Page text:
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Supreme Court, Appellate Division, First Department, New York.

NW LIQUIDATING CORP., Formerly Known as CELEBRITY LIMOSINE SERVICE CORP., Plaintiff-Appellant, v. HELMSLEY-SPEAR, INC., et al., Defendants-Respondents.

Decided: March 31, 1998

Before LERNER, J.P., and MILONAS, ROSENBERGER, NARDELLI and WILLIAMS, JJ. Patrick W. Brophy, for plaintiff-appellant. Sandor Frankel, for defendants-respondents.

Order, Supreme Court, New York County (David Saxe, J.), entered on or about November 18, 1996, which granted defendants' motion for summary judgment dismissing plaintiff's complaint, unanimously reversed, on the law, with costs, the motion denied and the matter remanded for further proceedings.

Plaintiff-appellant's action for an account stated is based upon its claim that defendants failed to pay or object to an invoice in the amount of $358,000 for limousine services rendered, which was forwarded to defendants on or about August 15, 1986.   The original invoice or a copy was not offered in opposition to the motion for summary judgment.   Instead, plaintiff relied upon secondary evidence, to wit, a re-created statement of account derived from a ledger prepared by plaintiff's principals.   The corporation had destroyed carbon copies of the original invoice prior to the commencement of the action.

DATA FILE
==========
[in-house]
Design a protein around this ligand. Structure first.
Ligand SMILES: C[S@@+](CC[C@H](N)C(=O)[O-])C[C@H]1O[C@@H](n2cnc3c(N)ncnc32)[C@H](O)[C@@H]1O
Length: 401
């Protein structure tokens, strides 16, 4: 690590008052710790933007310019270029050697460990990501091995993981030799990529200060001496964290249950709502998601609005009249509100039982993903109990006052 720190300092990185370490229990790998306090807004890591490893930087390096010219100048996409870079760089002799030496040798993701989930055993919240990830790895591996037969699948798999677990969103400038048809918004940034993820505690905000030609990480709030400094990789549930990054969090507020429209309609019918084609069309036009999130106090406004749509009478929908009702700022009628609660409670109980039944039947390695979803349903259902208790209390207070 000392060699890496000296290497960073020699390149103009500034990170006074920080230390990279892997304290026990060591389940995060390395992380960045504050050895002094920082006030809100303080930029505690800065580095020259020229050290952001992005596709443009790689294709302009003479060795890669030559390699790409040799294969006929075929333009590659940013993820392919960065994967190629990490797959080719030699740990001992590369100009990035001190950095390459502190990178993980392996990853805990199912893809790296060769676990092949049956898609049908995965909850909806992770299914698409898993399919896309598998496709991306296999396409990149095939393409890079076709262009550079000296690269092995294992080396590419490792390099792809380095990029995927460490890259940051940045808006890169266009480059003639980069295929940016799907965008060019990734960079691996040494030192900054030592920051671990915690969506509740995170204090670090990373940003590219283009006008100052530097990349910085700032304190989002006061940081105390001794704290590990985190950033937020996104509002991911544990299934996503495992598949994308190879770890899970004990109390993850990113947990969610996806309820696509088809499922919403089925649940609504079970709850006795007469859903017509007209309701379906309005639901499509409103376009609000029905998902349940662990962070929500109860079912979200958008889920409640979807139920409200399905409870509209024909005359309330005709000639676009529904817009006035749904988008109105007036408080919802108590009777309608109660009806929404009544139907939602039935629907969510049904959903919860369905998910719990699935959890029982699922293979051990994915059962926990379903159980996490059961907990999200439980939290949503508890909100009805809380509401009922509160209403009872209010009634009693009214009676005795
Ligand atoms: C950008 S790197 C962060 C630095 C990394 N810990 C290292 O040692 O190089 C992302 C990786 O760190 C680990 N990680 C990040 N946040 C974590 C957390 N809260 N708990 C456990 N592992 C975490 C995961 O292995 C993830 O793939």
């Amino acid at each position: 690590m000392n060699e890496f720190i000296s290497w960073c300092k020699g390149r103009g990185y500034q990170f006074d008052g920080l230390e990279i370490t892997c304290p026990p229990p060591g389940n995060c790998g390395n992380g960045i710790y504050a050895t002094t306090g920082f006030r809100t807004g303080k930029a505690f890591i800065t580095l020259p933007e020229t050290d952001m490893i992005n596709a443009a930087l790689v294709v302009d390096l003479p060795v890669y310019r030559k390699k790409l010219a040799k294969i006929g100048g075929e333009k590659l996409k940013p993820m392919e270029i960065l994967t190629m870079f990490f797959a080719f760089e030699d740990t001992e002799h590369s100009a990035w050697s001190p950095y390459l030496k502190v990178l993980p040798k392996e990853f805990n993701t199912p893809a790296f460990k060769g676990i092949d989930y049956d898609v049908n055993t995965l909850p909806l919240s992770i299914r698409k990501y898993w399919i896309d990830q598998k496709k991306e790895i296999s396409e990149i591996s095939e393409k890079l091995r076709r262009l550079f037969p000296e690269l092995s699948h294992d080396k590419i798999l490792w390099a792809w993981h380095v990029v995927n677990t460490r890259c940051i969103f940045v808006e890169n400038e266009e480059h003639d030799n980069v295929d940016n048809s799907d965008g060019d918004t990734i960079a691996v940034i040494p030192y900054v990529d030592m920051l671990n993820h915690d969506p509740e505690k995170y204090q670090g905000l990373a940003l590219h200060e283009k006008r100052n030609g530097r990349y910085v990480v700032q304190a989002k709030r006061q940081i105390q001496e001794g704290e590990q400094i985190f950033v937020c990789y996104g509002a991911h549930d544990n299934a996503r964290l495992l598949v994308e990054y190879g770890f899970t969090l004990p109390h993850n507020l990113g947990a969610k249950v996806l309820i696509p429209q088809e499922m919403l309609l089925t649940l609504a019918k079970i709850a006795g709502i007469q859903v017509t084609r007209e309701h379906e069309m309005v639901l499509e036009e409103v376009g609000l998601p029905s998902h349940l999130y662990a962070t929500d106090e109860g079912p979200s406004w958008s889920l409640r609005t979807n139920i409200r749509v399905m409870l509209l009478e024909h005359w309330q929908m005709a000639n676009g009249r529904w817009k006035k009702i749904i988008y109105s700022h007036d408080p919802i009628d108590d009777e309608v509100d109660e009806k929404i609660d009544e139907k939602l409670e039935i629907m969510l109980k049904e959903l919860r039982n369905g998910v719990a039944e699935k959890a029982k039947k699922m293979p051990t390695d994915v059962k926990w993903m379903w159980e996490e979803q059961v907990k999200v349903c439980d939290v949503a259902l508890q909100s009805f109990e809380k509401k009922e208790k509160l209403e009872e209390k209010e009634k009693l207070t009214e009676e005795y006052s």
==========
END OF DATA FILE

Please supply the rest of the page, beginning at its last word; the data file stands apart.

The best evidence rule requires the production of an original writing where its contents are in dispute and prohibits the introduction of secondary evidence unless the proponent of the substitute can sufficiently explain the unavailability of the original and has not procured its loss or destruction in bad faith (Schozer v. William Penn Life Insurance Co., 84 N.Y.2d 639, 643, 620 N.Y.S.2d 797, 644 N.E.2d 1353;  Fisch, New York Evidence § 81 at 49 [2d ed.] ).  Here, the motion court erroneously concluded, as a matter of law, that plaintiff's secondary evidence was inadmissible hearsay.   The court improperly relied upon the mere discarding of the carbon copies without any finding as to whether the loss or destruction was the result of bad faith.   Furthermore, the plaintiff should have been allowed the opportunity to authenticate the validity of the ledger.

Under the circumstances herein, an evidentiary hearing, wherein testimony is heard and credibility assessed, would have been a more prudent course in determining admissibility of the secondary evidence and the ledger.   We remand the matter for further proceedings on this as well as all other issues.